Jet Tern Launches Artemis Motoryacht Line

New Artemis 46 Undergoes Seatrials in China

New Artemis 46 Undergoes Seatrials in China

Howard Chen’s Jet Tern Marine has launched a new planing motoryacht line called the “Artemis” with a 46-foot debut model.  Jet Tern Marine”s Zhu-Hai, China, shipyard is best known for its Selene line of displacement yachts.  According to the company, the new Artemis line was developed “in response to consistent and strong market demand for a high-performance yacht built by Jet Tern.”  The company said that, eventually, models from 36 to 66 feet will be developed

The Artemis 46 is a two-stateroom, two-head flybridge motoryacht, powered by twin 380hp diesels from Yanmar and is designed to cruise at a top speed of 23 knots; a performance level verified during sea trials of hull 4603.  The yacht has a beam of 14 feet 4 inches, a waterline length of 38 feet 11 inches, and a draft of 3 feet 9 inches.  The yacht has a fuel capacity of 400 U.S. gallons, with water and holding tanks of 100 and 50 U.S. gallons, respectively.

The Artemis 46 has walkaround decks, flybridge, and covered cockpit. A sliding door opens to the saloon with a contemporary design and built-in settees with seating for four around an adjustable table. The interior layout is open with the helm station to starboard and the galley down two steps to port.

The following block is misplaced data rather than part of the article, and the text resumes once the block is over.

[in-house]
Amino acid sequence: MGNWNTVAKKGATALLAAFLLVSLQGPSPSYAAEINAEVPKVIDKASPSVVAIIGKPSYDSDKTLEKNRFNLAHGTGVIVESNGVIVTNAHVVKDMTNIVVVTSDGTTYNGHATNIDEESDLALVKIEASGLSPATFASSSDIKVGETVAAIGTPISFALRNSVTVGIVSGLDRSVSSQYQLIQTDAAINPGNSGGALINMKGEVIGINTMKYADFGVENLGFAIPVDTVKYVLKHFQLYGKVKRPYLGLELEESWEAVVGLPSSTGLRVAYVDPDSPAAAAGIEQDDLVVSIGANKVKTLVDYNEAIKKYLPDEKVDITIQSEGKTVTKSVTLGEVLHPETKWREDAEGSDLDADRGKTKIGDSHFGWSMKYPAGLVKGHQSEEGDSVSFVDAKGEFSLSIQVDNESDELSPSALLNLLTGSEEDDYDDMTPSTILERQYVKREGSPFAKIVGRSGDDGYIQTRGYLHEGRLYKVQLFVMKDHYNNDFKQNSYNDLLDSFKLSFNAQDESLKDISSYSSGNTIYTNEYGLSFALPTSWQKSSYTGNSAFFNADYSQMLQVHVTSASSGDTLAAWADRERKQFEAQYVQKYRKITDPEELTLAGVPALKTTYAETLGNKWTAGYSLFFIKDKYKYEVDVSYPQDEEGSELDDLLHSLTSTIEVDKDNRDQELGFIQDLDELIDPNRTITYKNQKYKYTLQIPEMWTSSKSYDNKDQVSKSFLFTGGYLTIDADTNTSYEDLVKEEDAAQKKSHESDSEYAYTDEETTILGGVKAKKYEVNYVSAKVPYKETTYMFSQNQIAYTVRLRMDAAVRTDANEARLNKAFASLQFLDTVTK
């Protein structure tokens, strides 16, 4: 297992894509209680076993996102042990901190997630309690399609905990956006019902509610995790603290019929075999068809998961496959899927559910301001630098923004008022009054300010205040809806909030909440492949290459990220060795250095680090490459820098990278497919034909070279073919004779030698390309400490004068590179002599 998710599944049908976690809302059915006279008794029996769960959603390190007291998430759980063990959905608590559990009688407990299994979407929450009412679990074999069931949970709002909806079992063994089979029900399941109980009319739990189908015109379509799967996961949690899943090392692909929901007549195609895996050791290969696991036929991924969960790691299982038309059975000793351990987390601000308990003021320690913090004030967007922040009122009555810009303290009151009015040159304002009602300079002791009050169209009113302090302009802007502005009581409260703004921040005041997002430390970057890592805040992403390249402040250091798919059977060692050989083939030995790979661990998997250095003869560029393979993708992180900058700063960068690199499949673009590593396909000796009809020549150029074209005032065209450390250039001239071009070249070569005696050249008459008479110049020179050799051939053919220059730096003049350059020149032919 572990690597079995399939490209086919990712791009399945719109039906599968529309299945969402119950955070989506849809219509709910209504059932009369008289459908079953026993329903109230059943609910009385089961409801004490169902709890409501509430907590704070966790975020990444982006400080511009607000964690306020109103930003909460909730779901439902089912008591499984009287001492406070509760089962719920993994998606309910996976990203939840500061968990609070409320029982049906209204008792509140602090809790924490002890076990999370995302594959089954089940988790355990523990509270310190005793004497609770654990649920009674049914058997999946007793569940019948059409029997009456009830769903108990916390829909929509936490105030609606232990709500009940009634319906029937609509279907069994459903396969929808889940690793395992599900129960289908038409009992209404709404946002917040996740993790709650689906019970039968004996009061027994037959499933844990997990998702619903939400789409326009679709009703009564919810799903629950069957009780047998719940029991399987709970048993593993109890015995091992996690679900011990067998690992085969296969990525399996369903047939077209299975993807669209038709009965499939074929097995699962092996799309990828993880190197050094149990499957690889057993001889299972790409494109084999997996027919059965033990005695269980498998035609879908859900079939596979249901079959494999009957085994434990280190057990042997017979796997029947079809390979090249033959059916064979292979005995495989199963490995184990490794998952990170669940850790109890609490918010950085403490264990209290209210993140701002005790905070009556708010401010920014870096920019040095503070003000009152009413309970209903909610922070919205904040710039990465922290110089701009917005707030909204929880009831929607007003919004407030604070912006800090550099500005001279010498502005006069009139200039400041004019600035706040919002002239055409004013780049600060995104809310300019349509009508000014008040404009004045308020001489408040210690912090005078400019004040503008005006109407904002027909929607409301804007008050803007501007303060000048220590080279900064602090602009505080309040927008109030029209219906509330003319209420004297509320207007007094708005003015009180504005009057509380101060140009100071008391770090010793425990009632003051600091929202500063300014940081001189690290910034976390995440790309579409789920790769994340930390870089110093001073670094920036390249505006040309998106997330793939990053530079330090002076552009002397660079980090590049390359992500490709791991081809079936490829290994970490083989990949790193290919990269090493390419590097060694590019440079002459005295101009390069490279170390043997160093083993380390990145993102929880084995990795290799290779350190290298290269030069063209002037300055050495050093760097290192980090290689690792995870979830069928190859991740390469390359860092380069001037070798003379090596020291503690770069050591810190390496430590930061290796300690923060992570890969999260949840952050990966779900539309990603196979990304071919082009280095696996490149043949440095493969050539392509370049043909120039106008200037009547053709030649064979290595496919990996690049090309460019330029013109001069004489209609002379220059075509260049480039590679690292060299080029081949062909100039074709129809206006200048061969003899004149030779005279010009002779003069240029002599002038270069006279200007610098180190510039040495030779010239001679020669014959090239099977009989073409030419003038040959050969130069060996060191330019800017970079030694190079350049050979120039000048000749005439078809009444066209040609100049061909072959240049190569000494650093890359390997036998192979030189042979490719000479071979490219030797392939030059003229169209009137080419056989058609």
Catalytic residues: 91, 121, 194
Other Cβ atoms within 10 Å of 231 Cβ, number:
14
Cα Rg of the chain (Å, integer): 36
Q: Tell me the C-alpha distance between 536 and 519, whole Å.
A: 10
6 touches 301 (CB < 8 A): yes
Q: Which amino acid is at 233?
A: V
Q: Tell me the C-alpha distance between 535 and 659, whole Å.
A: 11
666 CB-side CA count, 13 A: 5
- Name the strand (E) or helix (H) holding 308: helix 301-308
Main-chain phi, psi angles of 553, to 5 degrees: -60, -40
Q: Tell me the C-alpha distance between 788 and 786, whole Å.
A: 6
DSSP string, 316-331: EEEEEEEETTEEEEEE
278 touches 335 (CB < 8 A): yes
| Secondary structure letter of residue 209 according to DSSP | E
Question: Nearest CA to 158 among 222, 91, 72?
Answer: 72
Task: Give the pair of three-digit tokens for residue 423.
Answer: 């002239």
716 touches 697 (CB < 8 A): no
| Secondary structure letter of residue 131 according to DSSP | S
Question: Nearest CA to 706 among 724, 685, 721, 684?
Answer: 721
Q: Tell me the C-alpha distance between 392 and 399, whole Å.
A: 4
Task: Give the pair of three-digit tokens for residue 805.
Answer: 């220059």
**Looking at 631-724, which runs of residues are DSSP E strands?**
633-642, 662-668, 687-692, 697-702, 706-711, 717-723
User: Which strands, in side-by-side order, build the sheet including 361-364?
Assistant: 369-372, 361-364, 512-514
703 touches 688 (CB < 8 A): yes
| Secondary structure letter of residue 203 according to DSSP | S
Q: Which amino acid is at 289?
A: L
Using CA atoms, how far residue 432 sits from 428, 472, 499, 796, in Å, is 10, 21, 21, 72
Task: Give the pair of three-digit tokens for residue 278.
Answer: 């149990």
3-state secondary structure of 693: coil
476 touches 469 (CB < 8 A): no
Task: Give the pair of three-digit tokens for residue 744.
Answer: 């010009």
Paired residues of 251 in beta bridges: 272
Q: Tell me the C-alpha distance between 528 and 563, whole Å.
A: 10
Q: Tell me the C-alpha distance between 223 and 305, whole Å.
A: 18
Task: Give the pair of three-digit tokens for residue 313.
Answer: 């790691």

Jet Tern says the first four yachts have already been sold in China.  The company press release downplays it somewhat, but I believe the Chinese market for this type of yacht may represent the best real growth potential in the near future.  China has embarked on a program of luxury marina building around the country and is deliberately fostering a yachting culture. I expect to see offerings like the Artemis, perhaps even more upscale, from some interesting sources over the next several months.  The base price of a new Artemis 46 is approximately $690,000, including freight and commissioning.

Artemis 46

Download a Layout PDF File

LOA 45′-6″ 13.88M
LOH 44″-4″ 13.5M
LWL 38′-11″ 11.8M
Beam 14′-4″ 4.37M
Draft 3′-9″ 1.15M
Displacement 16T  
Fuel Capacity 400 USG 1514L
Water Capacity 100 USG 378L
Holding Capacity 50 USG 189L
Power 2 x Yanmar 380hp 6LY3-UTP  
Speed 23 knots max cruise  

source:  Jet Tern Marine

Copyright © 2009 by OceanLines LLC

Posted by Tom in Boats, Construction & Technical, Cruising Under Power, Industry News, Passagemaking News, Powerboats

Glacier Bay Adopts Yanmar for Diesel-Electric Base Power

Glacier Bay Inc., the Union City, California-based energy management technology company, announced recently that it was standardizing on Yanmar diesel engines for its innovative marine diesel-electric system.  Early prototypes of the system had been using Mercedes diesels but the switch to Yanmar means boats using the Glacier Bay system will have a huge in-place global support network.  Yanmar marine diesels are used all over the world in both recreational and commercial applications.  “The industry is yearning for a reliable hybrid propulsion solution that can be easily serviced worldwide,” said Glacier Bay CEO, Marc Hoffman.